A good friend of mine and Whistleblower reader contracted the sniffles and received a prescription for antibiotics at a local urgent care center. Nothing newsworthy here. So far this quotidian event sounds like a ‘dog bites man’ story. Had antibiotics been denied, this would have been ‘man bites dog’, as this denial would be a radical departure of standard medical practice, particularly in the urgent care universe.
No doubt, my friend was not assigned the dismissive diagnosis of ‘the sniffles’, but was likely given a more ominous diagnosis of ‘acute upper respiratory infection’, a term that sounds so serious that he might have feared that a 911 call had already been made.
Why are antibiotics prescribed so casually and so frequently? Choose from the following answers. There may be more than one correct response.
- Antibiotics are the appropriate ‘shock & awe’ response to sniffle syndromes.
- Patients demand antibiotics and offer evidence of necessity that their prior physician always prescribed them for the exact same symptoms.
- Prescribing antibiotics is a sure method for increasing patient satisfaction.
- Antibiotics are extremely safe and only rarely cause adverse reactions.
- Patients fear that a delay in antibiotics could bring them to the brink of an infectious calamity.
- Drug reps and direct-to-consumer advertising create a climate to prescribe medications including antibiotics.
- It takes a physician 10 seconds to zap an antibiotic prescription to the pharmacy, but could take 10 or 15 minutes to explain why they’re not indicated.
- Antibiotic drug samples in physicians’ offices encourage written prescriptions for patients.
- Since physicians can’t reliably distinguish viral infections from bacterial attacks, it’s safer to prescribe antibiotics just to be sure that a bacterial infection isn’t left untreated.
I’m sure that readers could add many other reasons that contribute to the antibiotic avalanche that is burying us, and I hope you will comment below. Infectious disease specialists and primary care physicians know that the majority of infections seen in outpatient visits are viruses – common colds – which do not respond to antibiotics; yet they are often prescribed for these illnesses. Changing this practice won’t be easy and will take time. Look how long the public resisted buckling up in the car and using bicycle helmets, which are now universally accepted practices.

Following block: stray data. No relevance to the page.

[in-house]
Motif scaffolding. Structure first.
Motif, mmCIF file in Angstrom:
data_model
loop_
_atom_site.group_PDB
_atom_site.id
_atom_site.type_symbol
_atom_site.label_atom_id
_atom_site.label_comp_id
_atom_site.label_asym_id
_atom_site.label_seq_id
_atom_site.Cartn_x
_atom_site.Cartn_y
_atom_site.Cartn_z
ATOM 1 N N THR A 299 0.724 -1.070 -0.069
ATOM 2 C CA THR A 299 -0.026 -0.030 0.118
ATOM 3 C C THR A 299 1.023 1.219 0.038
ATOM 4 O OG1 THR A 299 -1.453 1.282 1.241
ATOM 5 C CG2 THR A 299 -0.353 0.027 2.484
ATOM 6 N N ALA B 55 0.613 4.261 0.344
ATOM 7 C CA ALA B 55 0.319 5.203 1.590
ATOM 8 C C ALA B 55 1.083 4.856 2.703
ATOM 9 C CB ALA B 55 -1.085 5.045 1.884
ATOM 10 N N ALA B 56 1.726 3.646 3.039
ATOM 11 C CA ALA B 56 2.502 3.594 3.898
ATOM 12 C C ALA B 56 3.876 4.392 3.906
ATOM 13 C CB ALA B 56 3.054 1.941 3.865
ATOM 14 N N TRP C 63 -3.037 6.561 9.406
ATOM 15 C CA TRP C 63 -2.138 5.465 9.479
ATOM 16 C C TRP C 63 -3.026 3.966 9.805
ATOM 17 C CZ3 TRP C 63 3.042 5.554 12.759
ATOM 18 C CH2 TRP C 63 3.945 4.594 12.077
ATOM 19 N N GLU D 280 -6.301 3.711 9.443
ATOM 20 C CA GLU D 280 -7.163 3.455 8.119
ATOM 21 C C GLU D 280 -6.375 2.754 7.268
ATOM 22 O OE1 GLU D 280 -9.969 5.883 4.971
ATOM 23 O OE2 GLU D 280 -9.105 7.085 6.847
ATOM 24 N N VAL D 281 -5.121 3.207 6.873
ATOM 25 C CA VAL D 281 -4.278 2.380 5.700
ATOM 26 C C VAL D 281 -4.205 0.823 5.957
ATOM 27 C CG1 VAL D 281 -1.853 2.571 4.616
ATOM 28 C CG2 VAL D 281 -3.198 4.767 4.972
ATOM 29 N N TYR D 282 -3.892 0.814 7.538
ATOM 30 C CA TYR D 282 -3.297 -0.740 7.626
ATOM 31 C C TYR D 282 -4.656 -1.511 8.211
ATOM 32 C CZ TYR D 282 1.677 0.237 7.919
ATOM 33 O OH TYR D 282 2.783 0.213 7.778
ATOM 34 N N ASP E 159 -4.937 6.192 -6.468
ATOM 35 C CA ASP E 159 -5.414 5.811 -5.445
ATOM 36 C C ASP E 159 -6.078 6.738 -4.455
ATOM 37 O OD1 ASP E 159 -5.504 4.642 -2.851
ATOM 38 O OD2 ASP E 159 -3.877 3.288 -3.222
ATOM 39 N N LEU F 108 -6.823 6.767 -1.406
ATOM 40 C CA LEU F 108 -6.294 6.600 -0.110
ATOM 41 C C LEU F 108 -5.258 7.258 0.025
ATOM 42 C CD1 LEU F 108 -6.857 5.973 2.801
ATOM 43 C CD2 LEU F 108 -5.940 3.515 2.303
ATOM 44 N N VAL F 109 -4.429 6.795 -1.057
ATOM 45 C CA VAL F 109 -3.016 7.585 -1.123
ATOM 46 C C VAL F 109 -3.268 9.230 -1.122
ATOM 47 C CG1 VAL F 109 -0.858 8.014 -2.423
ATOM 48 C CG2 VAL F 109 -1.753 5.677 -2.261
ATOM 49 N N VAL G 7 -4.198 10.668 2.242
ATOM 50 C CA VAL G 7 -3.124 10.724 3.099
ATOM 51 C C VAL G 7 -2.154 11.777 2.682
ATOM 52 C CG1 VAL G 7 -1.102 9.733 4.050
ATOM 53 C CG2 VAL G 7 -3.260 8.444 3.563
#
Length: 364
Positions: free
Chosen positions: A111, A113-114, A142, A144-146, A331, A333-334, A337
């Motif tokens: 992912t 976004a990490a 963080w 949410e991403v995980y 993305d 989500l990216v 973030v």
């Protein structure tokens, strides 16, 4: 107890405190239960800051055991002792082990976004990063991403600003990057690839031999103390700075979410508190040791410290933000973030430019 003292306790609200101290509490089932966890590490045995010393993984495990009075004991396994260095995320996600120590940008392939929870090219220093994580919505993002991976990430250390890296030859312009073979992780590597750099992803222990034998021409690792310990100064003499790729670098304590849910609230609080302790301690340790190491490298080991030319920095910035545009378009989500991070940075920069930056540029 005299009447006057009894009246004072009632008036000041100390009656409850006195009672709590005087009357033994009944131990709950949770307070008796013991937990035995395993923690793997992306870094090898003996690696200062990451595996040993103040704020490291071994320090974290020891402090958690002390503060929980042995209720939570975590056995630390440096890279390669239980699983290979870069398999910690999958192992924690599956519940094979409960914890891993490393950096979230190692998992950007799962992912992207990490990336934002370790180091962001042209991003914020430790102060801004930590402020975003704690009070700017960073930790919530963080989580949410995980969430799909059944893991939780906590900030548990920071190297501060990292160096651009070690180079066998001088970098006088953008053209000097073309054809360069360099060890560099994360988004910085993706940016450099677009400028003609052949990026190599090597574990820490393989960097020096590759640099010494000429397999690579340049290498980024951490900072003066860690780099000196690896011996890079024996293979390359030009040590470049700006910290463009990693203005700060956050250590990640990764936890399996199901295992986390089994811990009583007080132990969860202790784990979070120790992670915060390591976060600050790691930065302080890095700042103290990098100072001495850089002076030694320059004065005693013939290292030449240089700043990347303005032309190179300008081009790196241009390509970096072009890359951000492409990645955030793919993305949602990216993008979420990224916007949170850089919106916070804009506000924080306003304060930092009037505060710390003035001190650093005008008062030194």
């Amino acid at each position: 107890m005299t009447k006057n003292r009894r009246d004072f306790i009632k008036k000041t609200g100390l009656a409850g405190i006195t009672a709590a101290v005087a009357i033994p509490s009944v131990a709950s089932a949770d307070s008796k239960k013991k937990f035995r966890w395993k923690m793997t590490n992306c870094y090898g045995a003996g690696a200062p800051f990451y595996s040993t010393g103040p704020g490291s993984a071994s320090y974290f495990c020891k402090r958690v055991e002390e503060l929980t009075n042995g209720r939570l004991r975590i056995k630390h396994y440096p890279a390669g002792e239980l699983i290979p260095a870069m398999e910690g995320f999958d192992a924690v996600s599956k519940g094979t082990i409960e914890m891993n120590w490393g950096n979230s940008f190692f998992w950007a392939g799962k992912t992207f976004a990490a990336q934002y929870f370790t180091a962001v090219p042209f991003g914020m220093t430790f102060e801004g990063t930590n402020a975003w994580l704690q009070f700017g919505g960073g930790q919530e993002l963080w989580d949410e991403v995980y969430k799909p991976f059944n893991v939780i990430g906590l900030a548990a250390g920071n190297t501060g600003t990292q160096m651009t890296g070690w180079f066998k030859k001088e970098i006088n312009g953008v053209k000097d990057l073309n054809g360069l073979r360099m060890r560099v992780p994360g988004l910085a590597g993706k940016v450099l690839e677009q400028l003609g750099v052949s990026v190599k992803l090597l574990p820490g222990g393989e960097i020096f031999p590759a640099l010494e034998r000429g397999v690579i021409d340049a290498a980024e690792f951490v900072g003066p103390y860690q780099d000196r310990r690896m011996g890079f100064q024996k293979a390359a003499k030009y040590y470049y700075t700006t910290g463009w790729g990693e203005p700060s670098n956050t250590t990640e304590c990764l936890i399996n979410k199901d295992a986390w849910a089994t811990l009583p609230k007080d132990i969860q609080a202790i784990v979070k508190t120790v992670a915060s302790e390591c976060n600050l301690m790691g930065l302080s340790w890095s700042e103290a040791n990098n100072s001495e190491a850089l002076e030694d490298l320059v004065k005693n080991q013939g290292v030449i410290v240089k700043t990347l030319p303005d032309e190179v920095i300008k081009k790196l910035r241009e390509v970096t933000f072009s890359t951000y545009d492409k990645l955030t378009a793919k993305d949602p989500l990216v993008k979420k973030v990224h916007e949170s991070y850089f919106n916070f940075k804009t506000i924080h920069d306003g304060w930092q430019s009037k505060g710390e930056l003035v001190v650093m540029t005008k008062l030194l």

Antibiotic overutilization has real consequences.
- It costs money.
- It fosters a climate of medical overutilization.
- Antibiotics can cause severe side-effects including C, difficile (C. diff) infections, which can be fatal.
- It leads to the proliferation of resistant bacteria – superbugs – which won’t respond to any available antibiotic. Care to be infected with one of these germs?
The Chief Complaint in medicine refers to the patient’s summary statement explaining the reason for the medical visit. Typical Chief Complaints include:
- Fever and cough
- Chest pain
- Abdominal Pain
- Trouble breathing
These days, many patients have created their own version of the Chief Complaint (CC). Instead of describing their symptoms, they are now directing the treatment. See below.
Traditional CC: “I have a sore throat and a cough.”
New & Improved CC: “I need an antibiotic.”
Medical overutilization is my Chief Complaint.
*This blog post was originally published at MD Whistleblower*